Craps bets include a wide range of odds and payouts. Certain craps wagers are among the best a bettor can find at a gaming table if you don’t want to memorize complicated strategies. Other craps wagers are among the worst sucker bets you’ll find in a casino. It pays to learn which craps bets to place.
This guide to craps bets goes over every wagering proposition on the layout. As you go down the list, you’ll find the house edge gets increasingly higher. In the end, you’ll find that the basic craps bets are your best options. You’ll also read why you must learn how to take the odds while shooting dice. Let’s start with those two concepts.
The pass line bet is the basic wager in craps. It’s made on the come-out roll and involves you betting the shooter will win. If the shooter rolls 7 or 11, you win. If the shooter rolls 2, 3, or 12, then you lose.
If any other number is rolled (4,5,6,8,9,10), then one or more other rolls are required to resolve the bet. The number rolled is called a “point” and this becomes your new winning number. This is discussed below under the come/don’t come bets. The pass-line bet has the second-best odds at the table, so it is a recommended bet.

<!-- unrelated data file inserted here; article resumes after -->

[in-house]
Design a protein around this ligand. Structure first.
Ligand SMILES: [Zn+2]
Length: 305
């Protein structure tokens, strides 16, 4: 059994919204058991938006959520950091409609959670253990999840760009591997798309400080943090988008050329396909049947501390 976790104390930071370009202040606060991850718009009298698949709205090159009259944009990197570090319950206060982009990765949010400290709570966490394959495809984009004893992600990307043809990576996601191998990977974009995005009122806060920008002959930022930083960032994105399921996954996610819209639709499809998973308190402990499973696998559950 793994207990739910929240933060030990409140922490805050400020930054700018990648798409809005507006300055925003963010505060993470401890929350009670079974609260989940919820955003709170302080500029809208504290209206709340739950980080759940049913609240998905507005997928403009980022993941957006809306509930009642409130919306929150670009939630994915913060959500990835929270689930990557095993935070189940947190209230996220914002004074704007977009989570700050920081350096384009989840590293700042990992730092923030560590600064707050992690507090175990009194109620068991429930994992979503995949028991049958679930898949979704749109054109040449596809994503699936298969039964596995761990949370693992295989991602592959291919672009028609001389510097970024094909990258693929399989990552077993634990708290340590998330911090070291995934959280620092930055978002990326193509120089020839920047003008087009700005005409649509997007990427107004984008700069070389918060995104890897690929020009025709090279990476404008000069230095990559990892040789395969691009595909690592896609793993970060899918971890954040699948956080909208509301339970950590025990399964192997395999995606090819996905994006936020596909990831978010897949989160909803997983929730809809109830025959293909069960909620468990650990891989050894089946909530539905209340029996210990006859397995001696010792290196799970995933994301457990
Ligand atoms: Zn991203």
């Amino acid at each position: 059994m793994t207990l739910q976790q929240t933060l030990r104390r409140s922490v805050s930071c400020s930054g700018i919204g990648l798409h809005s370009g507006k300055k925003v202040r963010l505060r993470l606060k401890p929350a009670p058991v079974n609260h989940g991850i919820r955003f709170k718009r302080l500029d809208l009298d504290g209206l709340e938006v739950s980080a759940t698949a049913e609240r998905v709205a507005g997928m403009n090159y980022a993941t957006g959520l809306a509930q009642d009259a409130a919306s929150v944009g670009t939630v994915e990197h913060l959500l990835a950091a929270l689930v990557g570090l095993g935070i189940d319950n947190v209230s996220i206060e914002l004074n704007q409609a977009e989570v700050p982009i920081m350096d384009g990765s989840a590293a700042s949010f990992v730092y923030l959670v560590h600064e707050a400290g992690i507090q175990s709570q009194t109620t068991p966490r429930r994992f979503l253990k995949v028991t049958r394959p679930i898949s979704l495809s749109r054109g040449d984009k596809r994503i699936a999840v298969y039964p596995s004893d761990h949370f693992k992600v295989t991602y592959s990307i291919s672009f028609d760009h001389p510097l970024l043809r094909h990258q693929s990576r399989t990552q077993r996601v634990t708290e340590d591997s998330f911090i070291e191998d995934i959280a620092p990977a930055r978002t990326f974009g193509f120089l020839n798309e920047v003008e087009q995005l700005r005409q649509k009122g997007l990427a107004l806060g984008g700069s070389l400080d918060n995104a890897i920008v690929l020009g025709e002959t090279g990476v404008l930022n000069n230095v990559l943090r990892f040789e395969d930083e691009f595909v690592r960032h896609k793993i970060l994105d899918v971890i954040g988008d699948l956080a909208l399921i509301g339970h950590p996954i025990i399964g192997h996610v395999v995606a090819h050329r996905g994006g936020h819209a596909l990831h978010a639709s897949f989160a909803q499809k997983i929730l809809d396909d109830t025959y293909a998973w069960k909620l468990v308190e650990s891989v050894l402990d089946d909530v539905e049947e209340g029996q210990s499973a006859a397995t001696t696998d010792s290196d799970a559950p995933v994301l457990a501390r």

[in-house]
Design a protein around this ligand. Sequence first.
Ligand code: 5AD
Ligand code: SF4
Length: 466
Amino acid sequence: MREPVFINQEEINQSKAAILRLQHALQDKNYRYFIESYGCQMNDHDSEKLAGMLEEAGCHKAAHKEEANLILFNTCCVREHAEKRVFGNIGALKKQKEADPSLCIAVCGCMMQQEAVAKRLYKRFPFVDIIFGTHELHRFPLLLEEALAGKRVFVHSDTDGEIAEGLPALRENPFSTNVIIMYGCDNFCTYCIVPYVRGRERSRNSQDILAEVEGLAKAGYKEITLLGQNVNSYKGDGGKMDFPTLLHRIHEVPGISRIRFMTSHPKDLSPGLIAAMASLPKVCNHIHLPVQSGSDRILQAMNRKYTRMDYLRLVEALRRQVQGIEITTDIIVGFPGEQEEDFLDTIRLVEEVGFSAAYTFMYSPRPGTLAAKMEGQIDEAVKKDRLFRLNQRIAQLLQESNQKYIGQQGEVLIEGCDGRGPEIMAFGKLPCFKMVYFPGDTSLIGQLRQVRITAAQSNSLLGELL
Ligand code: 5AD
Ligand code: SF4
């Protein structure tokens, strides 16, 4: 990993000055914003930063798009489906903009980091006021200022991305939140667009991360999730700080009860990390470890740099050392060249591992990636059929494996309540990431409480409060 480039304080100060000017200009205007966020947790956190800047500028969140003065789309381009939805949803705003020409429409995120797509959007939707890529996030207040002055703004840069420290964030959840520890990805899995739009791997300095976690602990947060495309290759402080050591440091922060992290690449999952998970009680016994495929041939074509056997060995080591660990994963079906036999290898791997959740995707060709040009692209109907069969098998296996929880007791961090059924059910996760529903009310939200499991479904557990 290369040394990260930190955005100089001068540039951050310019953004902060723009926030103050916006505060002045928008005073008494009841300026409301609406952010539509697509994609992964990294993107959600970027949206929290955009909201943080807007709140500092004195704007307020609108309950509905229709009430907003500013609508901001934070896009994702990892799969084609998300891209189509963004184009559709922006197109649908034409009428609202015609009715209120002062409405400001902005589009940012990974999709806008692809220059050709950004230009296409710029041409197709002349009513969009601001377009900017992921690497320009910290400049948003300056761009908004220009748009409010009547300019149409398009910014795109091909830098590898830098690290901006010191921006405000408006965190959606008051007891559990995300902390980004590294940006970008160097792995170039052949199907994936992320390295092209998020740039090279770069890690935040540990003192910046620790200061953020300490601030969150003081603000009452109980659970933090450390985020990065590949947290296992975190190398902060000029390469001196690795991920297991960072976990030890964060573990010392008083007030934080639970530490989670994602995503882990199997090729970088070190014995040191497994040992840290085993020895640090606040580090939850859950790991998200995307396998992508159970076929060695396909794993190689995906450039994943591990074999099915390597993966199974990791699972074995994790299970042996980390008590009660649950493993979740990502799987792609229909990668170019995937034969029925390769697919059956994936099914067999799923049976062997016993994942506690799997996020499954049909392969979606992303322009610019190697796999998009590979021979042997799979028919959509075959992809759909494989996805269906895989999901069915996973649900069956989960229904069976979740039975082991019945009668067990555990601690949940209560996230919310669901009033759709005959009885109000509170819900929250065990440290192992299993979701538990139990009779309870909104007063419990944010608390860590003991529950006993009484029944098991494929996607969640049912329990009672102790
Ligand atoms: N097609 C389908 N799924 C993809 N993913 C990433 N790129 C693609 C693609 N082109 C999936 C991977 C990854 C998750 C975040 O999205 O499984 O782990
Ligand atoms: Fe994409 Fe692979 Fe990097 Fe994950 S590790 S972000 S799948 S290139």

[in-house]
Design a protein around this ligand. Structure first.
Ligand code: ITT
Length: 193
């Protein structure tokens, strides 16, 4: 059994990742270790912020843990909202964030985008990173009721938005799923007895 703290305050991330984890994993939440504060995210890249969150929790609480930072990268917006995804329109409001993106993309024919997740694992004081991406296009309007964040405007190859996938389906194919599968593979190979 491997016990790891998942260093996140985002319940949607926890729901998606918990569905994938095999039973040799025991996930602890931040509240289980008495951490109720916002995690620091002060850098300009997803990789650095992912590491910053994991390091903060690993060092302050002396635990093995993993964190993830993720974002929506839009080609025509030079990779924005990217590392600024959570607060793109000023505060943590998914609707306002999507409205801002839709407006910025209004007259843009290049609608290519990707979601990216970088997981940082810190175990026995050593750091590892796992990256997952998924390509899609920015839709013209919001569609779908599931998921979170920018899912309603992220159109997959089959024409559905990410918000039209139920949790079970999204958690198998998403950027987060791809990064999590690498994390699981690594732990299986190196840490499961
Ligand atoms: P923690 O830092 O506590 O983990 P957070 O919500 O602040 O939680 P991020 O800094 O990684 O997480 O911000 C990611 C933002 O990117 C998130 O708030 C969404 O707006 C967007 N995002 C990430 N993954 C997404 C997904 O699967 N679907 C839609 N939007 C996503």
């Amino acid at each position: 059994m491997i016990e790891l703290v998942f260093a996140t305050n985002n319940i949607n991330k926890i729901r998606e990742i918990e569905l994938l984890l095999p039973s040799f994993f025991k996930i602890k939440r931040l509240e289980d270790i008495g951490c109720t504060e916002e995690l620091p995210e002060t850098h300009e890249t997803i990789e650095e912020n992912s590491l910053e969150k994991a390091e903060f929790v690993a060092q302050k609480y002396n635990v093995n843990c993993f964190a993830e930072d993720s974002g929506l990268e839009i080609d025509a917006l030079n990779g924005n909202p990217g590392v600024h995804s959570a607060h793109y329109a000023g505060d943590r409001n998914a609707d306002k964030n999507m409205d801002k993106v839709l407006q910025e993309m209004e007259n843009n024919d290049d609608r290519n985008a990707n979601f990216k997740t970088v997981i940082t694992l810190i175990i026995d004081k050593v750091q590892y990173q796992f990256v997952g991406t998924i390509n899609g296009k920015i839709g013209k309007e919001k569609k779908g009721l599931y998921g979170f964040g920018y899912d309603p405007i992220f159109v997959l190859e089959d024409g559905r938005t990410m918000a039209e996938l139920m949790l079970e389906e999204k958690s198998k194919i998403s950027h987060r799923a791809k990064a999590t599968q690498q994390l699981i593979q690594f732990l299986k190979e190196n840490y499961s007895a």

The don’t pass bet is the opposite of the pass-line bet: you’re wagering on the shooter to lose. If the shooter rolls 2, 3, or 12, then you win. If the shooter rolls a 7 or 11, then you lose. All other numbers rolled establishes a point, which requires a second roll or set of rolls.
The don’t pass bet has the best odds in craps with a 98.65% expected return-to-player. Since it’s betting against the shooter, you’ll be betting against most other bettors at the table. Many people avoid the don’t pass bet for that reason, or at least don’t celebrate when they win this bet.
The come bet is similar to the pass-line bet, but it is made after the point is established. Once again, you bet on the shooter to win. The point becomes your goal, so if the come-out roll was 8, then betting on the come bet means you wager that an 8 is rolled before another 7 is rolled. The shooter rolls until either the point or a seven is rolled.
The don’t come bet is the opposite of the come bet. Like the don’t pass bet, you’re betting against the shooter. If the shooter rolls a 7 before rolling the point again, you win. Again, the don’t come bet has the best house edge on the table, so it is your best betting proposition. Once again, you’re hoping for the shooter to lose, so don’t show up the shooter when you win the bet.